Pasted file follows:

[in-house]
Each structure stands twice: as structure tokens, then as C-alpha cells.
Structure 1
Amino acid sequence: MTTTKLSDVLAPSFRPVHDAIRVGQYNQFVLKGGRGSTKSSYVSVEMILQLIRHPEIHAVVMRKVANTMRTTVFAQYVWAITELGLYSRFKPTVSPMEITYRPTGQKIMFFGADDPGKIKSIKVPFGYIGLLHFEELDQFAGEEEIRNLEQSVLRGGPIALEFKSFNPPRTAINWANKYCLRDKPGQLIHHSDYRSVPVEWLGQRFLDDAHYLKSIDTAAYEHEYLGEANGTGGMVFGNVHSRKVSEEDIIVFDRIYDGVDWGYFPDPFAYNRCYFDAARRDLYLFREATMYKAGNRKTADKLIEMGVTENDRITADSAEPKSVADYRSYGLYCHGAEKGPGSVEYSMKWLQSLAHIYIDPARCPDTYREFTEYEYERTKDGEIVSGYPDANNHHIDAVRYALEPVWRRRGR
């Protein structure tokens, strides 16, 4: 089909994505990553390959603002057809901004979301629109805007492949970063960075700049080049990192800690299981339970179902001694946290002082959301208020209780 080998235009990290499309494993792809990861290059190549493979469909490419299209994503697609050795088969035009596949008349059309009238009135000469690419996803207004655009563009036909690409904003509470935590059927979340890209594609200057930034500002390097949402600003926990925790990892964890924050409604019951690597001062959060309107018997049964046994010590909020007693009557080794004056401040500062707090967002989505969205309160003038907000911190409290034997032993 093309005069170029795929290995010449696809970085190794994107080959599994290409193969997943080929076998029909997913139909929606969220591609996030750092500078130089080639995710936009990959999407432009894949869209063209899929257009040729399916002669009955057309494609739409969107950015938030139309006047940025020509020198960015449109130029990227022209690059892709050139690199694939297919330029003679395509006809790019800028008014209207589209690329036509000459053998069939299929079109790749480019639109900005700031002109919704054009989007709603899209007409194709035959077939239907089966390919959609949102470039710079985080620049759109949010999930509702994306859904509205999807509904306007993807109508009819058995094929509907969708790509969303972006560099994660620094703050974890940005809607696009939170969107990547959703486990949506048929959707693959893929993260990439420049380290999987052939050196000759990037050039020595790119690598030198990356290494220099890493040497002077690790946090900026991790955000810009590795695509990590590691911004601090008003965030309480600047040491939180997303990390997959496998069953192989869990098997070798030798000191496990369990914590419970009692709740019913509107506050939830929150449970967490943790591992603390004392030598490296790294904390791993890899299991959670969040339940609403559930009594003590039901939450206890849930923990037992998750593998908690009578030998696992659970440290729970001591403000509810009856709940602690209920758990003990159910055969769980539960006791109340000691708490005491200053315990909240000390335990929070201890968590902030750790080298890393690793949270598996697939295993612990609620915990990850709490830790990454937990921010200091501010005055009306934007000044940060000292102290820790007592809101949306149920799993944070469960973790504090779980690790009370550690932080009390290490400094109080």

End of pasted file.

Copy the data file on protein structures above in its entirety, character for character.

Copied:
[in-house]
Each structure stands twice: as structure tokens, then as C-alpha cells.
Structure 1
Amino acid sequence: MTTTKLSDVLAPSFRPVHDAIRVGQYNQFVLKGGRGSTKSSYVSVEMILQLIRHPEIHAVVMRKVANTMRTTVFAQYVWAITELGLYSRFKPTVSPMEITYRPTGQKIMFFGADDPGKIKSIKVPFGYIGLLHFEELDQFAGEEEIRNLEQSVLRGGPIALEFKSFNPPRTAINWANKYCLRDKPGQLIHHSDYRSVPVEWLGQRFLDDAHYLKSIDTAAYEHEYLGEANGTGGMVFGNVHSRKVSEEDIIVFDRIYDGVDWGYFPDPFAYNRCYFDAARRDLYLFREATMYKAGNRKTADKLIEMGVTENDRITADSAEPKSVADYRSYGLYCHGAEKGPGSVEYSMKWLQSLAHIYIDPARCPDTYREFTEYEYERTKDGEIVSGYPDANNHHIDAVRYALEPVWRRRGR
């Protein structure tokens, strides 16, 4: 089909994505990553390959603002057809901004979301629109805007492949970063960075700049080049990192800690299981339970179902001694946290002082959301208020209780 080998235009990290499309494993792809990861290059190549493979469909490419299209994503697609050795088969035009596949008349059309009238009135000469690419996803207004655009563009036909690409904003509470935590059927979340890209594609200057930034500002390097949402600003926990925790990892964890924050409604019951690597001062959060309107018997049964046994010590909020007693009557080794004056401040500062707090967002989505969205309160003038907000911190409290034997032993 093309005069170029795929290995010449696809970085190794994107080959599994290409193969997943080929076998029909997913139909929606969220591609996030750092500078130089080639995710936009990959999407432009894949869209063209899929257009040729399916002669009955057309494609739409969107950015938030139309006047940025020509020198960015449109130029990227022209690059892709050139690199694939297919330029003679395509006809790019800028008014209207589209690329036509000459053998069939299929079109790749480019639109900005700031002109919704054009989007709603899209007409194709035959077939239907089966390919959609949102470039710079985080620049759109949010999930509702994306859904509205999807509904306007993807109508009819058995094929509907969708790509969303972006560099994660620094703050974890940005809607696009939170969107990547959703486990949506048929959707693959893929993260990439420049380290999987052939050196000759990037050039020595790119690598030198990356290494220099890493040497002077690790946090900026991790955000810009590795695509990590590691911004601090008003965030309480600047040491939180997303990390997959496998069953192989869990098997070798030798000191496990369990914590419970009692709740019913509107506050939830929150449970967490943790591992603390004392030598490296790294904390791993890899299991959670969040339940609403559930009594003590039901939450206890849930923990037992998750593998908690009578030998696992659970440290729970001591403000509810009856709940602690209920758990003990159910055969769980539960006791109340000691708490005491200053315990909240000390335990929070201890968590902030750790080298890393690793949270598996697939295993612990609620915990990850709490830790990454937990921010200091501010005055009306934007000044940060000292102290820790007592809101949306149920799993944070469960973790504090779980690790009370550690932080009390290490400094109080």